India's Central Bank Chief Seen Unlikely to Raise Quota on Debt

  • RBI faces choice between inflation and allowing capital flows
  • Global funds have bought more than 99 percent of bond quotas

Foreigners looking to buy Asia’s best bonds will probably have to wait.

Reserve Bank of India’s Governor Urjit Patel is unlikely to raise the quota on debt after inflows surged and muddied policy choices. He can’t allow runaway currency gains because exports are only just recovering from a slump, so he’s buying up the dollars pouring in. This injects rupees into a bloated banking system, complicating efforts to reduce liquidity. At the same time, slowing growth pushed him to cut the policy rate this month.

“All the monetary policy objectives in this case actually militate against each other," said Soumya Kanti Ghosh, chief economic adviser at State Bank of India, the country’s biggest lender and one of its top foreign currency traders. "The central bank right now has to work a very delicate balance" and "may be a little wary of increasing the foreign investor limits."

India is facing the ‘impossible trinity,’ an economic concept which argues that it isn’t possible to simultaneously pursue free movement of capital, a fixed-exchange rate and an independent monetary policy. Something’s got to give, and since the RBI has an inflation mandate and needs to control the rupee, it will clamp down on capital flows.

Global funds have bought more than 99 percent of all the Indian sovereign and corporate bonds they’re allowed to buy. While policy makers have a road map to raise the cap on government debt each quarter, there’s no such plan for corporate bonds. The prospect of a return to world-beating economic growth following a tax overhaul by Prime Minister Narendra Modi is also attracting equity investors.

Investors earned 15 percent on rupee sovereign notes in 2016, the most in Asia.

The rupee has advanced about 6.3 percent this year on the back of $30 billion inflows into debt and stocks, despite the central bank intervening to purchase dollars in the spot and forward market. It hit a two-year high this month and gained 0.2 percent to 63.9150 per dollar on Monday. The central bank has maintained that it intervenes only to curb volatility and doesn’t target any particular level for the rupee.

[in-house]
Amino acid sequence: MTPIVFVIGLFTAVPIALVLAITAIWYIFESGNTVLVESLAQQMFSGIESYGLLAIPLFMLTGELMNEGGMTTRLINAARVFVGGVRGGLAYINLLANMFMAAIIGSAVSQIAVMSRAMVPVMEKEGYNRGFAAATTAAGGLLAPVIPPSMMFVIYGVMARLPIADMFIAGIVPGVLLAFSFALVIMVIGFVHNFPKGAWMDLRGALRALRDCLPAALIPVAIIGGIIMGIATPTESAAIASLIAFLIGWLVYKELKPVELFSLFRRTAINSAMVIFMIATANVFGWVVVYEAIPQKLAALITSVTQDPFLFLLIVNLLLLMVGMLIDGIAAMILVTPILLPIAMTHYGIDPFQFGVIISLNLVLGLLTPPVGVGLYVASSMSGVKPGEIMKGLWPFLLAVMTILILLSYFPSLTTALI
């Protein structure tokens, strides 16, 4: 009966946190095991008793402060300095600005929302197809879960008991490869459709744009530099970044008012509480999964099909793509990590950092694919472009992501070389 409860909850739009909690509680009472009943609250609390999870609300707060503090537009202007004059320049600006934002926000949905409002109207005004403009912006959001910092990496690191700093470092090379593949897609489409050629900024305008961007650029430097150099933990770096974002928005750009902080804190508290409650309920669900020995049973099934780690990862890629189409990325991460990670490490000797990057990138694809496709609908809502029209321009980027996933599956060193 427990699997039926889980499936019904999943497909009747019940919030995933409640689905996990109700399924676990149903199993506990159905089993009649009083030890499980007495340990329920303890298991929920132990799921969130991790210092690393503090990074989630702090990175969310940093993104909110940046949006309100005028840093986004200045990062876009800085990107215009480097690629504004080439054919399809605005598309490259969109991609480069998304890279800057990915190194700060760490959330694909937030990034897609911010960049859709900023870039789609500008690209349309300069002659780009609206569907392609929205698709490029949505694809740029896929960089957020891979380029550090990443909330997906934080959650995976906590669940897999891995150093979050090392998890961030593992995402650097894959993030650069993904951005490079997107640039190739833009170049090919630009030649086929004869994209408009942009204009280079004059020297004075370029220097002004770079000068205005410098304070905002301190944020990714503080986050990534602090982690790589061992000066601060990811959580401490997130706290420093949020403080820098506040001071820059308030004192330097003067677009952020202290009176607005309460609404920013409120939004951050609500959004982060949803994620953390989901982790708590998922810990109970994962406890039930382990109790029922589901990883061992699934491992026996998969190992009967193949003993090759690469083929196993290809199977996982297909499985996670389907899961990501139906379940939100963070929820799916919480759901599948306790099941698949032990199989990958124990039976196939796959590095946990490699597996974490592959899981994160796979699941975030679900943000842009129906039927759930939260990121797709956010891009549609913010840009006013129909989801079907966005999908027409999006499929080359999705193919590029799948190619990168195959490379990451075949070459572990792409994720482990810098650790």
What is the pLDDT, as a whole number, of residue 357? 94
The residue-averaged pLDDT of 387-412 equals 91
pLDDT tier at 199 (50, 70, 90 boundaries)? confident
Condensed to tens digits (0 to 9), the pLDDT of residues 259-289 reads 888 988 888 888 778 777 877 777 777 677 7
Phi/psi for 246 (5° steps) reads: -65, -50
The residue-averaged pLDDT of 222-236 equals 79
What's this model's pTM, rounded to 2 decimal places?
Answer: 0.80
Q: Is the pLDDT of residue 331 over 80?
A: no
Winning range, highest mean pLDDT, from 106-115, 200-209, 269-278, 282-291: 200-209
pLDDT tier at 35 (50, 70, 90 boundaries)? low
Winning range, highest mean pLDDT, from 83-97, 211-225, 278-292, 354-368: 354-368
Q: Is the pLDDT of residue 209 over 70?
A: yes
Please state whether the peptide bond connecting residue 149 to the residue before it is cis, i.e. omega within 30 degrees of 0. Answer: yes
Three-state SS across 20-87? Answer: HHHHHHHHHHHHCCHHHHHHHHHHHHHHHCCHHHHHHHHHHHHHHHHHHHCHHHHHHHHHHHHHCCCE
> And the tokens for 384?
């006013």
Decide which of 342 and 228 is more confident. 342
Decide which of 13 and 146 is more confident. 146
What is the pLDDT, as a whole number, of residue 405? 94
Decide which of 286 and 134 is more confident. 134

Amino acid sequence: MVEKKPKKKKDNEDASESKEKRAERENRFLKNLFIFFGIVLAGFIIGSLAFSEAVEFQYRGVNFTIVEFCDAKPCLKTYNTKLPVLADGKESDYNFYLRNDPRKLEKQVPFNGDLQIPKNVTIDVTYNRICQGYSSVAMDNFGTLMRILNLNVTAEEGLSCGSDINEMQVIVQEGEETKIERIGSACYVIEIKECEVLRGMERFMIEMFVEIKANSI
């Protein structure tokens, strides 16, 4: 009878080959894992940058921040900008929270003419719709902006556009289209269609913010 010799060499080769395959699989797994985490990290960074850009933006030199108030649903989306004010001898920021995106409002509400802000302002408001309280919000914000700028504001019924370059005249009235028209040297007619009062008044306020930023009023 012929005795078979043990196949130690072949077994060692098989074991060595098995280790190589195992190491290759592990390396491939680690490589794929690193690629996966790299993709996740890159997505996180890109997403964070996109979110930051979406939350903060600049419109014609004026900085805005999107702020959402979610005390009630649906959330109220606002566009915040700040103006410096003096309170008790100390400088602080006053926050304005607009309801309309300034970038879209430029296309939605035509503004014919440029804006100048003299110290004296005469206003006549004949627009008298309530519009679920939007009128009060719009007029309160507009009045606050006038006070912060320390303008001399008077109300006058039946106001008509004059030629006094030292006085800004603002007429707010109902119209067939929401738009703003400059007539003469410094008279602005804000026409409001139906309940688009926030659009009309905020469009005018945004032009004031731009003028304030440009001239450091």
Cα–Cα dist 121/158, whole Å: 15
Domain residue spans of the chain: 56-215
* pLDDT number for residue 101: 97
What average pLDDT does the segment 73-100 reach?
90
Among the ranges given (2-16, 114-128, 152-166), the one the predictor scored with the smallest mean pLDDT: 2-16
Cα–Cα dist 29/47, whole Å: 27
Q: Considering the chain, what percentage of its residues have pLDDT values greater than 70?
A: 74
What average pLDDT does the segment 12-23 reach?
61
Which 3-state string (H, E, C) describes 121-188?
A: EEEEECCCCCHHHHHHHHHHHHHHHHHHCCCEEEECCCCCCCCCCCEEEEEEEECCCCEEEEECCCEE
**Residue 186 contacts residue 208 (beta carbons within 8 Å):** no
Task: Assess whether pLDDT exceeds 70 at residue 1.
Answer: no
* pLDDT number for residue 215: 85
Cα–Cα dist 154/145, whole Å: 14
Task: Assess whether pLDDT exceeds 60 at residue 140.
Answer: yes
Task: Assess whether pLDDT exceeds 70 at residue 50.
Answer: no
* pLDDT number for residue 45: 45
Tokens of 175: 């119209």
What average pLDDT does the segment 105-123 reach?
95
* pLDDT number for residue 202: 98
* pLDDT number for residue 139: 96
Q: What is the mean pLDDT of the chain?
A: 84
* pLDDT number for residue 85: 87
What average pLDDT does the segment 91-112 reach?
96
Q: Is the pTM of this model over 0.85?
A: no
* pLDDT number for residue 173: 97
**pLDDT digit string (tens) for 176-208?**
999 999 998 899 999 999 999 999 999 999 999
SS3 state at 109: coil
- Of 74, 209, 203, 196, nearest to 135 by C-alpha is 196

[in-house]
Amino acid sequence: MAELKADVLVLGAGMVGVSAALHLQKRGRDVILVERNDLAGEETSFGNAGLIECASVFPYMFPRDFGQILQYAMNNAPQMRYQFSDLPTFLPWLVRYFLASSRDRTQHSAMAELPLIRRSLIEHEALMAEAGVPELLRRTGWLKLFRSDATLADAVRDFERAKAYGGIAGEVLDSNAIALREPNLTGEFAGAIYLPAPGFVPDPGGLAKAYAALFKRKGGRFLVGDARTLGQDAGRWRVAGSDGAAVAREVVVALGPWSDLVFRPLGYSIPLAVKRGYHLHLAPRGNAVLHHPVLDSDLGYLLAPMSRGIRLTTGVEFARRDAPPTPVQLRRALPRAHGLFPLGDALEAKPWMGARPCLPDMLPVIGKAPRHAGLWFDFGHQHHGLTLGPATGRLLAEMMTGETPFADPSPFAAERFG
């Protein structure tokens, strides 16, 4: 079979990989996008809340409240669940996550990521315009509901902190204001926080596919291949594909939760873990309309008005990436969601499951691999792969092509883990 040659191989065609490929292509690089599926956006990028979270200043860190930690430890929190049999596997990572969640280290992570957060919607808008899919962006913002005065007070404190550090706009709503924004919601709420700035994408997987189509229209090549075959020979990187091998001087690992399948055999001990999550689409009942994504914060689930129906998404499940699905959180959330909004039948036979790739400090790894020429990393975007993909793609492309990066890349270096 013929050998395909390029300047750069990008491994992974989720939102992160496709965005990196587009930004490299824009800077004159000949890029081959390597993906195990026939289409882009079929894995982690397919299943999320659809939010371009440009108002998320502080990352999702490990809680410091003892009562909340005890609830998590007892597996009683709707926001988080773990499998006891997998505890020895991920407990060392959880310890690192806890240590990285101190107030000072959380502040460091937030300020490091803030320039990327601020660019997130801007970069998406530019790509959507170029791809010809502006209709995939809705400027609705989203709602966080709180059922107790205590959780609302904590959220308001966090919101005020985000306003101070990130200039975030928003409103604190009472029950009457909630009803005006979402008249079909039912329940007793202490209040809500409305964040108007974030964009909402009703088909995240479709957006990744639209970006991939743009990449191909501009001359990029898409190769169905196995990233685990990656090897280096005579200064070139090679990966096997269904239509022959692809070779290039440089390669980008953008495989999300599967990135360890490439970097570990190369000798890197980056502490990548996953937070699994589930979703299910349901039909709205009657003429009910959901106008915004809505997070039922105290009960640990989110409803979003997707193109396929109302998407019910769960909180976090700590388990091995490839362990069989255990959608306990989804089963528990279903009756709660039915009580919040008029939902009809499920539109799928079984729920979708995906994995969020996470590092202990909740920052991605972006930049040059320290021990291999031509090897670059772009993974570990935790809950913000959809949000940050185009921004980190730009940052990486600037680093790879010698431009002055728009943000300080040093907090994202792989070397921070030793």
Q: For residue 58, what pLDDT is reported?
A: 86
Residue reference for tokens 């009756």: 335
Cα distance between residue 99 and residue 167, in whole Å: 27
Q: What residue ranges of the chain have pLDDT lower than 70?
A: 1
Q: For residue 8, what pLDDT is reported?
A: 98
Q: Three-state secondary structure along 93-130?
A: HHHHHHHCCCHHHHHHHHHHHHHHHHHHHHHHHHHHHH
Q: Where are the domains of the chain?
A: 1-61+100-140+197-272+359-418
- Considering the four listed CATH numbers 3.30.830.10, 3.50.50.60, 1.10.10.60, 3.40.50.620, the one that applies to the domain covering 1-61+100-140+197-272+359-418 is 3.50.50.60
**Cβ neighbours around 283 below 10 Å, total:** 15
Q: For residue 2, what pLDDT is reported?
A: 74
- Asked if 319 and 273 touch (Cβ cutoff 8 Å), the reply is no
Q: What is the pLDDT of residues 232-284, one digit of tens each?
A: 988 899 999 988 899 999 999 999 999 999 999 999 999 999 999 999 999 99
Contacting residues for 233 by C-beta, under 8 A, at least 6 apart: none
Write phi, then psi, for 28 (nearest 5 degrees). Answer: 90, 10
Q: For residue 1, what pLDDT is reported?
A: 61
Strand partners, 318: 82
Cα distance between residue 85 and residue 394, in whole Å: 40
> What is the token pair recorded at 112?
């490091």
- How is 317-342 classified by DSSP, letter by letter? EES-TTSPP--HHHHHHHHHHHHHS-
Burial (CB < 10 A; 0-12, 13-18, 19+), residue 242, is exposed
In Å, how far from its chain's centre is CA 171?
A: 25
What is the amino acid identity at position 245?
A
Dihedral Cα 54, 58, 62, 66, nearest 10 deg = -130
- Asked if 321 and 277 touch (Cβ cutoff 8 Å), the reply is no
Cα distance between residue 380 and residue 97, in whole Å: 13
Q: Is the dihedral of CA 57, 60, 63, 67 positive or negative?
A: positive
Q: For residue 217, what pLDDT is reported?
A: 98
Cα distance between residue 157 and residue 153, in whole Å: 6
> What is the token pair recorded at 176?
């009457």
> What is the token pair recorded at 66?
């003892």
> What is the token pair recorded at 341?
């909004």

“One of the other factors which has contributed to the rupee’s strength is the nature of the monetary policy framework,” said Ananth Narayan, Mumbai-based regional head of ASEAN & South Asia financial markets at Standard Chartered Plc. An independent monetary policy centered on inflation means that interest-rate differentials favor the rupee. “In the current context, there is little direct incentive for Indian authorities to ease foreign portfolio investment limits into debt further.”

Overseas investors raised holdings of rupee-denominated government and corporate bonds by almost 1.5 trillion rupees ($23.5 billion) this year through August 24. They’re set for seven straight months of purchases, the longest streak since April 2015, lured by Asia’s highest inflation-adjusted rates.

One way to stem the inflows is if the central bank lowers the policy rate again following this month’s cut, as expected by a few analysts in a Bloomberg survey. That action would be in line with the downside risks to growth flagged by Patel in the minutes of the latest meeting.

However, most analysts predict he’ll keep rates on hold through 2018 as price pressures rebounds from a record low of 1.46 percent in June. The Reserve Bank of India forecasts inflation will rise toward its 4 percent medium-term target by March 2018.

Read: India bonds are so hot to foreigners they’ve bought all they can

“In the context of managing this trilemma challenge, investors have asked if the RBI will cut policy rates and lower real rates to prevent further currency appreciation," Morgan Stanley analysts led by Derrick Kam wrote in a August 16 note. "But we think this is unlikely as the RBI is following a flexible inflation targeting regime.”

— With assistance by Ravil Shirodkar

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